YOU ARE HERE: LAT HomeCollections


Gain on 1 Fire Front in Colo. Is a Setback on Another

Disaster: With the week-old Hayman blaze 30% contained, flames in another area push toward Durango, where 450 homes are at risk.

June 16, 2002|From Times Wire Reports

LAKE GEORGE, Colo. — Firefighters made progress Saturday against one flank of a stubborn week-old wildfire, but they faced a greater challenge on another side of the blaze, officials said.

"This has been a really good day," fire information officer Terry McCann told reporters, referring to the north end of what's called the Hayman fire, which had threatened the outlying edges of Denver's southwest suburbs. Expectations that the fire would develop new hot spots didn't materialize, and firefighters were able to focus on containing it, he said.

But crews faced a tougher challenge on the other end. "On the south end we had some significant movement," fire information officer Gordon Warren said.

The Hayman fire, about 55 miles southwest of Denver, grew slightly, to nearly 103,000 acres, from 100,000 acres.

Cool, calm weather early in the day helped the fire crews, but there was a possibility of thunderstorms with gusty wind.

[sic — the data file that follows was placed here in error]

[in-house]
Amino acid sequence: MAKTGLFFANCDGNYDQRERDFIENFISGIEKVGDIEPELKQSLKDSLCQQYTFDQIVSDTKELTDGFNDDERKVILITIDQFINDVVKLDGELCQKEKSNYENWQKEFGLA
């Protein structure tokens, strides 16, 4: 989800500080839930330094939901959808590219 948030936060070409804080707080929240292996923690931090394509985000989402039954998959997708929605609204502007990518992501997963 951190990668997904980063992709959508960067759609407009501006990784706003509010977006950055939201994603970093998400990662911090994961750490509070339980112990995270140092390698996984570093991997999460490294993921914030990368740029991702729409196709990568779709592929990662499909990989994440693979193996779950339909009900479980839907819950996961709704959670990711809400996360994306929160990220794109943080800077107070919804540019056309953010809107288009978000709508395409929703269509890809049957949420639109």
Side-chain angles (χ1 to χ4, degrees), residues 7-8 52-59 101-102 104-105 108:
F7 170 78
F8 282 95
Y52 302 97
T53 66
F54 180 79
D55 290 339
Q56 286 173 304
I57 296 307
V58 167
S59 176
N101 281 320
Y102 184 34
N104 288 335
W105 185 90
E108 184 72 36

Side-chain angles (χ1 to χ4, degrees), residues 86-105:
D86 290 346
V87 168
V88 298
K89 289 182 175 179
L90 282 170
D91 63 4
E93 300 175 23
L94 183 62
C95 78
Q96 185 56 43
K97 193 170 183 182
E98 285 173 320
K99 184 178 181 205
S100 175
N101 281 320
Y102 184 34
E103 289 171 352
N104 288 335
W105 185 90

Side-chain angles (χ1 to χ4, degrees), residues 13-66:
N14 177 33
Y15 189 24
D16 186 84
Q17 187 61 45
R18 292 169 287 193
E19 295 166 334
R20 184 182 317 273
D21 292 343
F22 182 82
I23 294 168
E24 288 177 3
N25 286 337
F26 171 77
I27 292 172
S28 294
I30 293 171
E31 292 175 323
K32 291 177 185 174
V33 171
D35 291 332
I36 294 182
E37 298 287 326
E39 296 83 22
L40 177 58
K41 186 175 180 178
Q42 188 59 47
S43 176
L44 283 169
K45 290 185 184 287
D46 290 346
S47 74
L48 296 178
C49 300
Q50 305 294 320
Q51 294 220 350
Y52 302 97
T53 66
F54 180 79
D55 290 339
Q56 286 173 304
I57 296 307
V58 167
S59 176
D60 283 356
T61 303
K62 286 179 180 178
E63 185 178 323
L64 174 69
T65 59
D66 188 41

Bulldozers headed down a road into the fire area north of Lake George as about 30 residents were allowed in briefly to check on their homes.

Quentin Good, 29, said he jumped up and down after seeing that his log cabin and neighboring gem mine still were intact.

"It is still there, though many of the properties near us have had much fire damage. The firefighters are really doing a good job," said Good, who mines smoky quartz and crystals at the Dreamtime Mine.

About 5,300 people remain out of their homes because of the fire, which has blackened nearly 160 square miles since it started June 8 in the Pike National Forest, apparently originating with an illegal campfire. It had burned to within 40 miles of the Denver city limits.

On the southern edge of the fire, crews put out remaining flames from an earlier backfire set to prevent the blaze from spreading into Lake George, a small recreation community.

About 1,800 firefighters, aided by planes and helicopters, were working on the fire. On Saturday, it was about 30% contained by firebreaks.

But the good news from the Hayman fire was countered by concern about another fire on the other side of the state. The Missionary Ridge fire north of Durango, in southwest Colorado, stood at 18,155 acres, down slightly from 19,500 acres late Friday. But the blaze was moving south toward the suburbs of Durango, where 450 homes were at risk, fire information officer Keven Huffstutler said.

"There's concern because of a potential for a blowup" if winds increase, Huffstutler said.

There are at least seven wildfires burning in Colorado.

Los Angeles Times Articles